How pregnancy affects your teeth ?

How pregnancy affects your teeth ?

March 10, 2020 7:19 am Published by

Being pregnant is a wonderful time that’s very exciting for everyone involved. However, all the changes in your body at this time also mean that there are a few health risks that should be managed carefully. On that list is your dental health. You might not expect it, but the changes brought about by pregnancy can impact the health of your teeth and gums.

  • Why my teeth?

During pregnancy your hormones will change – a lot! This means that your body also changes the way it reacts to bad stuff. All of us have good and bad bacteria living in our mouths. Normally your body can work out what it needs to do to keep everything in check and prevent the bad bacteria from taking control. However, a change in hormone levels can disrupt this cycle. It can also worsen conditions that you might not be aware you even had.

  • How does that happen?

Bacteria in the mouth feed on the food that we eat, and, if not brushed away, multiply and form a sticky plaque. During pregnancy, you’re not able to fight off these bacteria as normal. Plaque accumulates and, eventually, irritates the gums around your teeth. What doesn’t help is that a key pregnancy hormone called progesterone can actually encourage the growth of certain bacteria.

  • What are the risks?

Your gums become irritated, inflamed and red, and may bleed during brushing. This is pregnancy gingivitis and is one of the most common dental problems. If you already have mild gum disease, pregnancy can unfortunately make it worse. Tooth decay is also very common, with the same causes behind it. Elsewhere in the body, pregnancy hormones can soften the muscle around the stomach, making sickness more likely. Stomach acid is very strong, and if it gets in contact with teeth it will damage them. During pregnancy, there is also a very small risk of developing a pregnancy granuloma, which is a growth on gums. Though the name is scary, it’s not cancer! It might form an ulcer which can be uncomfortable. They usually disappear after birth.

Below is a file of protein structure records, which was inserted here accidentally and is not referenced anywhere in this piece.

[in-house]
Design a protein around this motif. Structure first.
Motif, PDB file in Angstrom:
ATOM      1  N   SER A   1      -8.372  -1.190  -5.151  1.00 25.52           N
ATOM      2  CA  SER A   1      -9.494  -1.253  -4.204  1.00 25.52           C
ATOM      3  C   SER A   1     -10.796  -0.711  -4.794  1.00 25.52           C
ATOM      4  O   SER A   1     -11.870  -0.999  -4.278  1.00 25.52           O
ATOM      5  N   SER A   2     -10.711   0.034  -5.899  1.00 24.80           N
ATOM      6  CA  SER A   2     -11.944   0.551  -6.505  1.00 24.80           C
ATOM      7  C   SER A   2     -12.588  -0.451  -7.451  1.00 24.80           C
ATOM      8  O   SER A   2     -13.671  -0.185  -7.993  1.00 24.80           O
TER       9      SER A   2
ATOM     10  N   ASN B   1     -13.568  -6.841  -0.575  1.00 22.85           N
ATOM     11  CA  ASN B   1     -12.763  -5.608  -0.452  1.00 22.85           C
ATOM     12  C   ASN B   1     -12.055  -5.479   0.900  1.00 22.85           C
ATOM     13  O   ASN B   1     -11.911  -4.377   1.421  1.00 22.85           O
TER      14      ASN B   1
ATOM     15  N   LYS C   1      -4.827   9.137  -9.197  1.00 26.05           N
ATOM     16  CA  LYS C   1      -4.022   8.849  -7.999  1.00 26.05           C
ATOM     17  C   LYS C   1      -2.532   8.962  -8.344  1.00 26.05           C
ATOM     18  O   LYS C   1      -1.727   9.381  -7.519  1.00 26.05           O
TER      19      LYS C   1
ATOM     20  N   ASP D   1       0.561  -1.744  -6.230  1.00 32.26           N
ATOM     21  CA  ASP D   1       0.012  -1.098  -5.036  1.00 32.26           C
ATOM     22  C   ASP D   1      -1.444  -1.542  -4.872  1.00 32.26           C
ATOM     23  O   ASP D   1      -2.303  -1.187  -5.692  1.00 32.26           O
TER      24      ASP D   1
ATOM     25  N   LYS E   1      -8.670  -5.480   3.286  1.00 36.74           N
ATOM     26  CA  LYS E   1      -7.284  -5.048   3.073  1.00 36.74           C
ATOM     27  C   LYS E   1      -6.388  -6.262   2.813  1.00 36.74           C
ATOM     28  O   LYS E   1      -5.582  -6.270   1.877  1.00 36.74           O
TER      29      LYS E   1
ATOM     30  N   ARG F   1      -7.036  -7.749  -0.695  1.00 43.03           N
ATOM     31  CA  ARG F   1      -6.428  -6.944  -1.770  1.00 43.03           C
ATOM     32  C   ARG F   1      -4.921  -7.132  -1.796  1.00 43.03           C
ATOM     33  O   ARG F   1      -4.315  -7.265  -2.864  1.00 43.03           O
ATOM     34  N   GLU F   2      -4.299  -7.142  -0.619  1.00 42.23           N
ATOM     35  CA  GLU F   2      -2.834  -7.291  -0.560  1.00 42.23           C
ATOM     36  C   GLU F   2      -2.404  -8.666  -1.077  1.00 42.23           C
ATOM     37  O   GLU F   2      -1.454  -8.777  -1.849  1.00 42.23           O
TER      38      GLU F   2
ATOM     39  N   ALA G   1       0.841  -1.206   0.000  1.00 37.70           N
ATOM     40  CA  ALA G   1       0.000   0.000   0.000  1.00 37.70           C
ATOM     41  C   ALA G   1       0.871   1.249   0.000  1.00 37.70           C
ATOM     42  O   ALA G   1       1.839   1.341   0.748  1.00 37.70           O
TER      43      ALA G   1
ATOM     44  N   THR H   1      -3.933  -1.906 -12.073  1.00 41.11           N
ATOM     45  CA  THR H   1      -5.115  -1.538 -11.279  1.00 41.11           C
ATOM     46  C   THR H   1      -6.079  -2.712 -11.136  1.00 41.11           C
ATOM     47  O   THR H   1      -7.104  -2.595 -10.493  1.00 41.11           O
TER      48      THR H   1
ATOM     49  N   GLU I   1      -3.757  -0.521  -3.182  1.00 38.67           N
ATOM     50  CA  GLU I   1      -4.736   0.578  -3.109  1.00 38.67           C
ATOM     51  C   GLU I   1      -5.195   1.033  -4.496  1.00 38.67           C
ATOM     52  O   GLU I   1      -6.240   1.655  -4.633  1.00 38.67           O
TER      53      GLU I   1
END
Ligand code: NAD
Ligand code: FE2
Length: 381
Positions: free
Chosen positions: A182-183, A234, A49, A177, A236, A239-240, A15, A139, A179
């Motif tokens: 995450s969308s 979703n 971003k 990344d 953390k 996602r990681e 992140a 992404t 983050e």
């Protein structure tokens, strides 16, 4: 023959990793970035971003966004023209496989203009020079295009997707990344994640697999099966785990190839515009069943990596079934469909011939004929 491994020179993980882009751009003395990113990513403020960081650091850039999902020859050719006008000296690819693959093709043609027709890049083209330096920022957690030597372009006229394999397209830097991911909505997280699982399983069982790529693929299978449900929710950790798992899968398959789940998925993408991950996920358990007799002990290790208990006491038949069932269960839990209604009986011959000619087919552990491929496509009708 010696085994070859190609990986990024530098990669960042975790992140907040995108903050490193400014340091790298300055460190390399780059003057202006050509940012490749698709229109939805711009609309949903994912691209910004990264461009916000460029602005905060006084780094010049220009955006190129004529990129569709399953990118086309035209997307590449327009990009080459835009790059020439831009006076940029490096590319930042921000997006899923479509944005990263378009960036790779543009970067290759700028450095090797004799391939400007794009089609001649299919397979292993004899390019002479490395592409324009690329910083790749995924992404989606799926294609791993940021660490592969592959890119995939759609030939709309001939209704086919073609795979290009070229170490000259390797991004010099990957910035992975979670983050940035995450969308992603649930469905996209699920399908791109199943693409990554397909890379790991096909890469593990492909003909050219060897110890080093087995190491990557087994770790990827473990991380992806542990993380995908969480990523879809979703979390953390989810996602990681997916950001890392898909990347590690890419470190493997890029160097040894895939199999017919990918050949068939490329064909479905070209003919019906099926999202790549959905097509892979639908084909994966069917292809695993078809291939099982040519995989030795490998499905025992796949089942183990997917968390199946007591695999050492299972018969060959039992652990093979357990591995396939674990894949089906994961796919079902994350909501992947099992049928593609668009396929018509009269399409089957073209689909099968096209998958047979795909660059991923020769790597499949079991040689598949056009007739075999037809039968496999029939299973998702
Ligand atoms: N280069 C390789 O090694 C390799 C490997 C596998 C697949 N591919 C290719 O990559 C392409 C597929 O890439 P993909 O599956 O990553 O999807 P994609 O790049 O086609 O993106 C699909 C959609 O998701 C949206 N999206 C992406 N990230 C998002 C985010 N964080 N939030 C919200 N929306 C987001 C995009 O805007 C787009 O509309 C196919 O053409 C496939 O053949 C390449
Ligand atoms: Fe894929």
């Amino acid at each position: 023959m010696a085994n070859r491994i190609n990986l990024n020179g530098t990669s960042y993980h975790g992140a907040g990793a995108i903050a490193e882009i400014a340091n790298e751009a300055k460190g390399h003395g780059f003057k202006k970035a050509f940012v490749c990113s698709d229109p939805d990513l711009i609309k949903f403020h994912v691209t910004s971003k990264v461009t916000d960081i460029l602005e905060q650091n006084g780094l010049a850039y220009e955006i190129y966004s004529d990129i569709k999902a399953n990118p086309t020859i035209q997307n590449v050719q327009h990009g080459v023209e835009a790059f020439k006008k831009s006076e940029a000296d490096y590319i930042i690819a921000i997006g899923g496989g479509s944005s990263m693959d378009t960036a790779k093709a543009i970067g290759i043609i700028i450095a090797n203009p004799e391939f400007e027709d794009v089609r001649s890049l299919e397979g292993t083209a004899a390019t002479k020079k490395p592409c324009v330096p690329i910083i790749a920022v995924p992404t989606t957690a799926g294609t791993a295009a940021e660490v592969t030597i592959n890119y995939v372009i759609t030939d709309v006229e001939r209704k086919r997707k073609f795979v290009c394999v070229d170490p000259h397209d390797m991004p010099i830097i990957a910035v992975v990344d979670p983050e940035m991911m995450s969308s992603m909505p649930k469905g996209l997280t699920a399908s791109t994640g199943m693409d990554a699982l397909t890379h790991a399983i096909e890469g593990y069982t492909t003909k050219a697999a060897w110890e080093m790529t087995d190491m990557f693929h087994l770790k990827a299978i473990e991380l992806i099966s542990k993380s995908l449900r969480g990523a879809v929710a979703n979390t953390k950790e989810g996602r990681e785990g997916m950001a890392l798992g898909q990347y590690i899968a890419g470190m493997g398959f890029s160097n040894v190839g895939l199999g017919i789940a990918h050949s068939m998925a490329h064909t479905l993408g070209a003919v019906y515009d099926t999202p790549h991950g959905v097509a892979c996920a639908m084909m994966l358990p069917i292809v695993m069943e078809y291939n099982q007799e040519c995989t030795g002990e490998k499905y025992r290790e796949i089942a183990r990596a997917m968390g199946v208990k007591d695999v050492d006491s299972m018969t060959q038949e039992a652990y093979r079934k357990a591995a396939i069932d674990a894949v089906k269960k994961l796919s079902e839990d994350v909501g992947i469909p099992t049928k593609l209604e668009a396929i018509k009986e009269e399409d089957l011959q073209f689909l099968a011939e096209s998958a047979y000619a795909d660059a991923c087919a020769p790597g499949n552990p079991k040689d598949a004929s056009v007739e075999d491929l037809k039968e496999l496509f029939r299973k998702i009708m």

• What should I do?

A good daily hygiene routine is the best way to keep all kinds of problems at bay. It’s also important to have quality dental care. The best dentist will give you tips on how to avoid problems. Brushing twice a day with a fluoride toothpaste is a good start! Floss every day too. Try and avoid sweet foods, even if you have cravings – the sugar won’t help and can increase the risk of tooth decay. Keep a balanced diet that has lots of protein, and sources of calcium like yoghurt, beans and lentils. Ideally, you shouldn’t take any medicines, particularly during the first trimester.

  • When to seek treatment

If you think you have a dental problem then it’s important to seek out dental care during pregnancy as soon as you can. The norm is for 6-monthly appointments, though quality dental care is super-important if you are pregnant, so you may want to schedule more frequent appointments than normal. It’s a good idea to get a tooth clean in the first and second trimesters. If you already have a problem such as a cavity caused by tooth decay, or gingivitis, tooth treatment during pregnancy can fix this. The best dentist will recommend a filling for fixing tooth cavities or a scale and polish to remove the plaque and tartar from bacteria build-up. Any procedures that aren’t urgent will usually be delays until after the first trimester, just to be safe. X-rays will only be performed if it really is an emergency.

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